A Canadian Christian who was detained in China for two years on espionage charges has been released from prison.
Kevin Garratt is back in Canada after a court hearing in Dandong, China, earlier this week.
Garratt and his wife, Julia, ran a popular coffee shop on the North Korean border and were known to work with a charity that provided food, school supplies and cooking oil to North Koreans.
Simeon Garratt, the couple's son, said his parents made no secret of their faith but did not flaunt it in China, where proselytizing is against the law.
The couple was arrested in 2014 as part of a measure to stop Christian aid groups working near the North Korean border.
Chinese officials later said the couple was arrested on "suspicion of stealing and spying to obtain state secrets."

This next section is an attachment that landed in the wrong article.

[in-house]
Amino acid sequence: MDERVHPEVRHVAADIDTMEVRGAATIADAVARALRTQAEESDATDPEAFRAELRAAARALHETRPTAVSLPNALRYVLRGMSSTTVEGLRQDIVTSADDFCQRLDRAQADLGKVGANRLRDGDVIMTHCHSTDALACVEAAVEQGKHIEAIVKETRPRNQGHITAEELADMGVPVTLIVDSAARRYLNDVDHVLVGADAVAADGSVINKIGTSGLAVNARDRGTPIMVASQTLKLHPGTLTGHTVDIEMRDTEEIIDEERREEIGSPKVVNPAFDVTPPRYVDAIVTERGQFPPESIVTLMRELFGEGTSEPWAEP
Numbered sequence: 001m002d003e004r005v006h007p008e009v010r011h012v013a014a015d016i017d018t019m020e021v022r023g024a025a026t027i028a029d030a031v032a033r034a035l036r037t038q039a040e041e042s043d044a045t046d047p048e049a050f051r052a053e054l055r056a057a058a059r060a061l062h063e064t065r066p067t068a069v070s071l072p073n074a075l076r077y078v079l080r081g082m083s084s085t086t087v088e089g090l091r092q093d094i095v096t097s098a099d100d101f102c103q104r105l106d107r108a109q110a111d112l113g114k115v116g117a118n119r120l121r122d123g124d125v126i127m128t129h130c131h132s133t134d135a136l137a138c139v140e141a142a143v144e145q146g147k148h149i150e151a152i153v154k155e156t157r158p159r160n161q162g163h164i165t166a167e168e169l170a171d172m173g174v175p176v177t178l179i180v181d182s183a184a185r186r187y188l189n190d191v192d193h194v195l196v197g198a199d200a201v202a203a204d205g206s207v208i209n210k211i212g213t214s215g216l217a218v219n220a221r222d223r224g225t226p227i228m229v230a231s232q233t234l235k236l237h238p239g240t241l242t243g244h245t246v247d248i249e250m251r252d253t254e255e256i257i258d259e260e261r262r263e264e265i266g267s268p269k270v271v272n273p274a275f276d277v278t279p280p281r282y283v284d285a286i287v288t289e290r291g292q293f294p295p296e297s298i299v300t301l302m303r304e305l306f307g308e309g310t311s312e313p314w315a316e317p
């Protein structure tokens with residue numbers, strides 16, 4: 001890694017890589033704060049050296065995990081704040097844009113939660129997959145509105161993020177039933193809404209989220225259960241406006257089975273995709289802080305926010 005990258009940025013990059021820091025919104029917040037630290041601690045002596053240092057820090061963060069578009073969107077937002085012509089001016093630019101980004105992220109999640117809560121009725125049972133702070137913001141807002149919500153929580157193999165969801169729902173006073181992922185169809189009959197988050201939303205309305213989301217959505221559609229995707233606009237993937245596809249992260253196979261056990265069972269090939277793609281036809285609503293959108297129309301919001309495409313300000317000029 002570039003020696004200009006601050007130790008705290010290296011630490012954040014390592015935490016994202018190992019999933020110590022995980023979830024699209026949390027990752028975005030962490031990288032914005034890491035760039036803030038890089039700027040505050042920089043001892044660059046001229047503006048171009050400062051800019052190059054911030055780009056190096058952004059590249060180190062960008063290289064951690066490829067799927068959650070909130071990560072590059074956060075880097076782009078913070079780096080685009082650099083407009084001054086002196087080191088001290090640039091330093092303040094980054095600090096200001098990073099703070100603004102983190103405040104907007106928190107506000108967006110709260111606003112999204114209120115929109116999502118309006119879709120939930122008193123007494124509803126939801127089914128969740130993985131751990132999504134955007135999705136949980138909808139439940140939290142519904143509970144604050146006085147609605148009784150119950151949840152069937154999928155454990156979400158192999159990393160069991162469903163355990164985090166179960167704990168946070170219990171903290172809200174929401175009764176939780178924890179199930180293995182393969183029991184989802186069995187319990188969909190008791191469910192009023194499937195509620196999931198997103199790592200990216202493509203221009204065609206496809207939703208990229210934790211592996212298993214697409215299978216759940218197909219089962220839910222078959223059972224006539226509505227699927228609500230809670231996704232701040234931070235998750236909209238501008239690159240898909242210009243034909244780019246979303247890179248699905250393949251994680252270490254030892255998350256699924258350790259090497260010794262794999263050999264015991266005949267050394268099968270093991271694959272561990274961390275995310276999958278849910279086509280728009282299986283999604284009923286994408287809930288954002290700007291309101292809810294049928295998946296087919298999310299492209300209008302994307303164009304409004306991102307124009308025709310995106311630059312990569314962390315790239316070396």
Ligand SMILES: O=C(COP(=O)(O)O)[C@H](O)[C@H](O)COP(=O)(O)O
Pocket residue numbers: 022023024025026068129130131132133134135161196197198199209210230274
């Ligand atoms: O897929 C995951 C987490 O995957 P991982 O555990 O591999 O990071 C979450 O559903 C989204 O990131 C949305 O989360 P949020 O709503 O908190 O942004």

In a sermon posted online, Garratt announced that God told him to move to Dandong and open a cafe, The New York Times (ITALICS) reports.
"We're trying to reach North Korea with God, with Jesus and with practical assistance," he said in the sermon, which was for a time on the website of the Terra Nova Church in Surrey, British Columbia, but has been removed.
China's Ministry of Foreign Affairs, in a faxed statement Friday, said Garratt had been treated "according to law." It said China "fully guaranteed all kinds of procedural rights of Kevin Garratt, and fully respected and implemented the consular rights of the Canadian side."
Garratt's release comes as both China and Canada pledged to strengthen economic ties during Prime Minister Justin Trudeau's visit to the country earlier this month.
Trudeau personally pressed China's top officials for Garratt's release and announced that he was delighted the missionary is back in Canada.
Meanwhile, the Garratt family issued a brief statement saying "thanks everyone for their thoughts and prayers, and also thanks the many individuals who worked to secure Kevin's release."